Date of Paper/Work


Type of Paper/Work

Research Project

Degree Name

Doctor of Physical Therapy (DPT)


Physical Therapy

First Advisor

David D. Chapman


BACKGROUND AND PURPOSE: Infants with SB present with a known central nervous system lesion that often results in neurologic, orthopedic, and/or cognitive impairments. They usually learn to walk significantly later than typically developing (TD) infants. The delays they experience in learning to walk appear to be related to the fact that they move their legs and kick less often than infants who are TD. Only a small number of studies have reported strategies that therapists and parents may use to increase how often infants with SB move their legs and kick. The purpose of this study was to examine the impact conjugate reinforcement has on the frequency of leg movements (LMs) and kicks generated by infants with SB.

METHODS: The LMs of 7 infants with lumbar or sacral SB were videotaped while they were supine in 3 conditions: Baseline; Acquisition (tethered to a mobile); and Extinction. The infants’ LMs were video-taped for two minutes in each condition which enabled us to capture their spontaneous and goal-directed LMs and kicks. The video-tape of each infant’s LMs were then behavior coded via a frame by frame analysis to identify how often each baby moved his or her legs and kicked in each condition as well as how often they generated 9 types of kicks.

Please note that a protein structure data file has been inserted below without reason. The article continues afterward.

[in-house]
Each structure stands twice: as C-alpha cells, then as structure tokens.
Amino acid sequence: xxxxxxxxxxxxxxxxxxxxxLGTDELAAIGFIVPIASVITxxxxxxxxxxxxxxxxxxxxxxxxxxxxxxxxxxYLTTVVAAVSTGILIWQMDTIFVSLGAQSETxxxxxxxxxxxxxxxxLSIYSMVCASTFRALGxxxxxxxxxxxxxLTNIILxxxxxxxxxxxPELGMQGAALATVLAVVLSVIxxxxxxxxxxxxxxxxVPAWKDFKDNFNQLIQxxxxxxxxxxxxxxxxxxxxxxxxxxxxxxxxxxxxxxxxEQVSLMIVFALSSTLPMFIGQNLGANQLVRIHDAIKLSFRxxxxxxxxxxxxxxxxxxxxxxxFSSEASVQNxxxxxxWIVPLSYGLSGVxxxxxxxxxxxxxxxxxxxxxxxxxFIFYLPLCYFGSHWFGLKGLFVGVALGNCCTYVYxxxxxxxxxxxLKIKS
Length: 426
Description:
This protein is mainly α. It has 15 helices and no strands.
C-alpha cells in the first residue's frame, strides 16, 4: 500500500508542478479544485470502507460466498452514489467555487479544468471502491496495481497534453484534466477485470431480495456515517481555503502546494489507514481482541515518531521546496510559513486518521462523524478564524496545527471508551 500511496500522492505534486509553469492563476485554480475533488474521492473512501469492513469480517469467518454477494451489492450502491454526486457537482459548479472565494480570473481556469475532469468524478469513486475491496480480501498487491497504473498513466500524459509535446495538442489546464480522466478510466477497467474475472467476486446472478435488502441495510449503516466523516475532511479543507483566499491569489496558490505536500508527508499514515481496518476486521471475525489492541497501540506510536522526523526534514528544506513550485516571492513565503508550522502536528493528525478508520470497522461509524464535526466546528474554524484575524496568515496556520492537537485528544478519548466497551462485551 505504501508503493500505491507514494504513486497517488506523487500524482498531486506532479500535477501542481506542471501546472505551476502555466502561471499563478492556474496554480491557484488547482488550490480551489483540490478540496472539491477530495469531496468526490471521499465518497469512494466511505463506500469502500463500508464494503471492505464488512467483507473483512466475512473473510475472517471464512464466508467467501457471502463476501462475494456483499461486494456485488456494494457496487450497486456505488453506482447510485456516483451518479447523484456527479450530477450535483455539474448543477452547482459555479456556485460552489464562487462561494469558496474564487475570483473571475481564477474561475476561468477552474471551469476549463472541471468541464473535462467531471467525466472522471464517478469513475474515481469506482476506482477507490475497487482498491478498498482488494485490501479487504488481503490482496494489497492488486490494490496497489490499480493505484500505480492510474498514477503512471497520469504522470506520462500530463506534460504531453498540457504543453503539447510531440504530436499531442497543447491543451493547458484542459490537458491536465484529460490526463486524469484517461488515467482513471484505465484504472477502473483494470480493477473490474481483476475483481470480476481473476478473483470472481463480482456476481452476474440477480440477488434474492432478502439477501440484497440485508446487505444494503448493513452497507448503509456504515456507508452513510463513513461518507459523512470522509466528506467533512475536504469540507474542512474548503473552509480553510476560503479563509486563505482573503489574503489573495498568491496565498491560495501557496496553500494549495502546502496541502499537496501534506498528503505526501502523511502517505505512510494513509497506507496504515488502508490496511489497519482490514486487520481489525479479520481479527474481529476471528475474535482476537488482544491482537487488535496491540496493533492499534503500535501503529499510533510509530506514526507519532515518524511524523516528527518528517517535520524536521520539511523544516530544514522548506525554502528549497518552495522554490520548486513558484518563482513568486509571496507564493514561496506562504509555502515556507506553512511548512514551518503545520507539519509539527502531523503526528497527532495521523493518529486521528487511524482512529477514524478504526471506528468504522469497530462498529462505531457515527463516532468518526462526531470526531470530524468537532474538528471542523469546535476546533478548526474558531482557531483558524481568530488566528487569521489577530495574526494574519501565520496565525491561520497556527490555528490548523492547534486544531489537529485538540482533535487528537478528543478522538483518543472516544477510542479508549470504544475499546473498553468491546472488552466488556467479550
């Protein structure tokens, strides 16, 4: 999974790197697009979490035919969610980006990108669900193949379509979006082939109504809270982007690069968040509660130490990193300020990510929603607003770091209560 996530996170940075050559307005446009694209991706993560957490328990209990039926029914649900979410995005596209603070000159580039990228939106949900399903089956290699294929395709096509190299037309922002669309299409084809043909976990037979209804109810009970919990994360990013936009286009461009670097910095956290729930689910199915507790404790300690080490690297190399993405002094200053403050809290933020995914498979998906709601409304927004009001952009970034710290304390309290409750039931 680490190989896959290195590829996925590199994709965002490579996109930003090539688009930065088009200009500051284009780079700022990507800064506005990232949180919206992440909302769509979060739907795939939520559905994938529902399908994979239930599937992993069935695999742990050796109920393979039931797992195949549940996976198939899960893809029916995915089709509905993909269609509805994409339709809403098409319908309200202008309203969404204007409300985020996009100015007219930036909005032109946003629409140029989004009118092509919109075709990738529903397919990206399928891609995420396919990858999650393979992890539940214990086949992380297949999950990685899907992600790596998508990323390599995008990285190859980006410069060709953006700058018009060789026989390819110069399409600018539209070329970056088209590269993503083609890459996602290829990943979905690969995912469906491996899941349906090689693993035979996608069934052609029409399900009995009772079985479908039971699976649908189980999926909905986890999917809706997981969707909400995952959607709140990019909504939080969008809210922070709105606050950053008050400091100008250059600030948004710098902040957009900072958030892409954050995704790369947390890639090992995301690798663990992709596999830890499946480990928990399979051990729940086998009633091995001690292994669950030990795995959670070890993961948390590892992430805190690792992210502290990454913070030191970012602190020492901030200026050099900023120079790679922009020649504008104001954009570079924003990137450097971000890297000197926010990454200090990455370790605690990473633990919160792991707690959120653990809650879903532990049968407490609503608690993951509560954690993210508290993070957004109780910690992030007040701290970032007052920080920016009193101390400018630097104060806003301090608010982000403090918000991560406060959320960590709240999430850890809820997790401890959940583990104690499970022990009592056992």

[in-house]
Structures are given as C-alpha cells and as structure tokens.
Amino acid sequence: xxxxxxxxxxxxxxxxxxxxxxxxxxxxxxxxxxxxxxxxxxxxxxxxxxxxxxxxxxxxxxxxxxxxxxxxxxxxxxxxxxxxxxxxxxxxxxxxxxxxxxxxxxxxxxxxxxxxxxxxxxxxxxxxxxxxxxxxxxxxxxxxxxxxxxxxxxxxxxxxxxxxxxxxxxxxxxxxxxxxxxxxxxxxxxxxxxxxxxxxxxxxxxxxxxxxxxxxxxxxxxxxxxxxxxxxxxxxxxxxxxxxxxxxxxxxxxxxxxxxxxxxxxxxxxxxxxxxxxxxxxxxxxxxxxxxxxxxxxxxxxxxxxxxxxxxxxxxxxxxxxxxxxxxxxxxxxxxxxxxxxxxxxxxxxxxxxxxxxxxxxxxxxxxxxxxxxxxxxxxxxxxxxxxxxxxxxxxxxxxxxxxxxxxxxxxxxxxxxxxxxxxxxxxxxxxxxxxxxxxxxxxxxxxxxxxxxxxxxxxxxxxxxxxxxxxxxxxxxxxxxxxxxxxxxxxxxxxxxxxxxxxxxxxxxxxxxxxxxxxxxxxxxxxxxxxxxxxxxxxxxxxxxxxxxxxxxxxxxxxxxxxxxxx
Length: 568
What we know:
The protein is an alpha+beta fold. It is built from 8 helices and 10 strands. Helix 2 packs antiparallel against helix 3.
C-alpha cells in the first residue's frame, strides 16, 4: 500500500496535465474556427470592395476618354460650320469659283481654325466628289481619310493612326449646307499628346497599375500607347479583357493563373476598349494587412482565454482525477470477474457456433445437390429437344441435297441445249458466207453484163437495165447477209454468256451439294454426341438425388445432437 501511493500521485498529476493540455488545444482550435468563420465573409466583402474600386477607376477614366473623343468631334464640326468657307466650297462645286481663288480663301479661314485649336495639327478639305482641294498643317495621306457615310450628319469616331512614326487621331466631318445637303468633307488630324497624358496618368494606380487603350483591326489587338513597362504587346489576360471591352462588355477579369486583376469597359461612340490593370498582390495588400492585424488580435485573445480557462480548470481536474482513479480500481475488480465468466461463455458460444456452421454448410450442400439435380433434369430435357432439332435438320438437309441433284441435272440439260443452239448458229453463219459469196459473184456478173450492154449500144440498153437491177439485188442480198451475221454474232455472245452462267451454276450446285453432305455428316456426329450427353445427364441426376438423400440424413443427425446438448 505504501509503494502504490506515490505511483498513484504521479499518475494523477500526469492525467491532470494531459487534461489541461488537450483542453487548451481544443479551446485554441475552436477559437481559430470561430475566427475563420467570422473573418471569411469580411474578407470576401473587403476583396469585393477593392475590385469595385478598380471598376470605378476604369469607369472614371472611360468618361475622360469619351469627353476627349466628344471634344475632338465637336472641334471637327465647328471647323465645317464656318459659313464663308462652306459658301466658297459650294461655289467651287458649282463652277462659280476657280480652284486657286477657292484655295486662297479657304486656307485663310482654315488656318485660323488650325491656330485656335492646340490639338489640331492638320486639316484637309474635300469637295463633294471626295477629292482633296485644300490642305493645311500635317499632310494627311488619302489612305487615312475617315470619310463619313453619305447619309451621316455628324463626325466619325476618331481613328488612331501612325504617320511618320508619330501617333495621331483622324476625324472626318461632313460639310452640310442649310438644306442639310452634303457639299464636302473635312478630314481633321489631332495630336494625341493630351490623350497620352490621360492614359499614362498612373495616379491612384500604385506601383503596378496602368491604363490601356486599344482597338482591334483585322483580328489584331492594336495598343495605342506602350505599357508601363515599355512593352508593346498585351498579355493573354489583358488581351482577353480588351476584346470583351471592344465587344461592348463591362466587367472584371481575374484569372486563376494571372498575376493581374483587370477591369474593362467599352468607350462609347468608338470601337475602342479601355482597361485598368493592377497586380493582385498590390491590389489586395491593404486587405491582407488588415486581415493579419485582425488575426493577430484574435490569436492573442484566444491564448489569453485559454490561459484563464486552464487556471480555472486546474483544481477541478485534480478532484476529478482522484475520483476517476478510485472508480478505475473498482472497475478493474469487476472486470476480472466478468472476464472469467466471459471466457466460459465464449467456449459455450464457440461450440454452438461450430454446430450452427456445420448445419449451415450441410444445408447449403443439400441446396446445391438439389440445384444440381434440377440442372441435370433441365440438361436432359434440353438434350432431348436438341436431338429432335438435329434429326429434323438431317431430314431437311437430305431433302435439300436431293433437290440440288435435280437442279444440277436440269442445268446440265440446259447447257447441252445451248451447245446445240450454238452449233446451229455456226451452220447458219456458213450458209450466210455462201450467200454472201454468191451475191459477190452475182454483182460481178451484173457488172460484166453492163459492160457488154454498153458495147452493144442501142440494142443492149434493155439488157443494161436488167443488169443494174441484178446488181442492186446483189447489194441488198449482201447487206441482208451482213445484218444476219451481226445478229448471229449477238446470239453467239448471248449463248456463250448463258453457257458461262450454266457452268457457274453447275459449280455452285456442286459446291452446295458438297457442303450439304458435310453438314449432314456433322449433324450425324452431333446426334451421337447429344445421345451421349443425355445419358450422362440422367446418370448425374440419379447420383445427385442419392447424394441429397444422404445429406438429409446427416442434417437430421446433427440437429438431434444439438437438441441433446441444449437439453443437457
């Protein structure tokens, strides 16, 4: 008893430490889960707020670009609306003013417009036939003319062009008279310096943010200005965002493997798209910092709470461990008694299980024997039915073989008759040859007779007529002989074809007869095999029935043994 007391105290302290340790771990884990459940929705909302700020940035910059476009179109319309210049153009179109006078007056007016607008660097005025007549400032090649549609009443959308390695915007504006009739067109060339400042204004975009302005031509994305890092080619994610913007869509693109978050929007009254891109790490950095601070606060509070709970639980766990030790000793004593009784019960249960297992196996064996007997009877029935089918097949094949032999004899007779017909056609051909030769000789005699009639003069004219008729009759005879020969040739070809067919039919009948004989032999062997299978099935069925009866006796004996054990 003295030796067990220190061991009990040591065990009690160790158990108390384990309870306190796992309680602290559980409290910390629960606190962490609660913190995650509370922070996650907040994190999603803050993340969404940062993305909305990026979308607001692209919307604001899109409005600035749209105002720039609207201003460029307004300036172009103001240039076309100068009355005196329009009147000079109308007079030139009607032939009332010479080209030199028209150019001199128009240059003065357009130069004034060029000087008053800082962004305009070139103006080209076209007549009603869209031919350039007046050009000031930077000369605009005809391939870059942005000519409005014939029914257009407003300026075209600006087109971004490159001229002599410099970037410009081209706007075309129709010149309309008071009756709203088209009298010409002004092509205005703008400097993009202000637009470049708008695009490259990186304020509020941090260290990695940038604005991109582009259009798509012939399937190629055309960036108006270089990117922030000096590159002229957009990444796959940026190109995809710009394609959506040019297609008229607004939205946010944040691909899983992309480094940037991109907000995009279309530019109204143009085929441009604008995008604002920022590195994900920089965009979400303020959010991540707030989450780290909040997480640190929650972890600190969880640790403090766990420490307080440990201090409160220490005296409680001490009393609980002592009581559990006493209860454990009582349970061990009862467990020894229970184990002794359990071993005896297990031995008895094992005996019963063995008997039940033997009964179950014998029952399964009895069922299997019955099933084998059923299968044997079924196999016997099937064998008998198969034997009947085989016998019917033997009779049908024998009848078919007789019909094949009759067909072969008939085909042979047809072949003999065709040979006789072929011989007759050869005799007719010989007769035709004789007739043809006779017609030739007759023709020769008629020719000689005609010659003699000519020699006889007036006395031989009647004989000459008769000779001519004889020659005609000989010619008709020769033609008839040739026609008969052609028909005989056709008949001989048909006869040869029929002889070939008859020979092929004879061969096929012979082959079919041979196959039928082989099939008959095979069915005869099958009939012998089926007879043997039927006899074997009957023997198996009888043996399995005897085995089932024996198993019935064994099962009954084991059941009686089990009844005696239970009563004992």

RESULTS: A significant correlation was observed between LMs and kicks (r= .976, p=0.00). These infants moved their tethered leg significantly more than their untethered leg (p=0.036). These infants generated more goal-directed LMs and kicks in the acquisition and extinction conditions; however, these differences only approached significance (p < .05). Single kicks and parallel kicks were the most common types of kicks generated in each condition.

CONCLUSION: The present results are consistent with the literature and suggest that increased kicks lead to stronger neural connections and increased strength, which ultimately leads to earlier onset of ambulation. Due to the significant correlation between LMs and kicks, increasing the frequency of LMs in infants may increase the amount of kicks. However, further research is needed. This study was limited by the small sample size and large standard deviations within group means.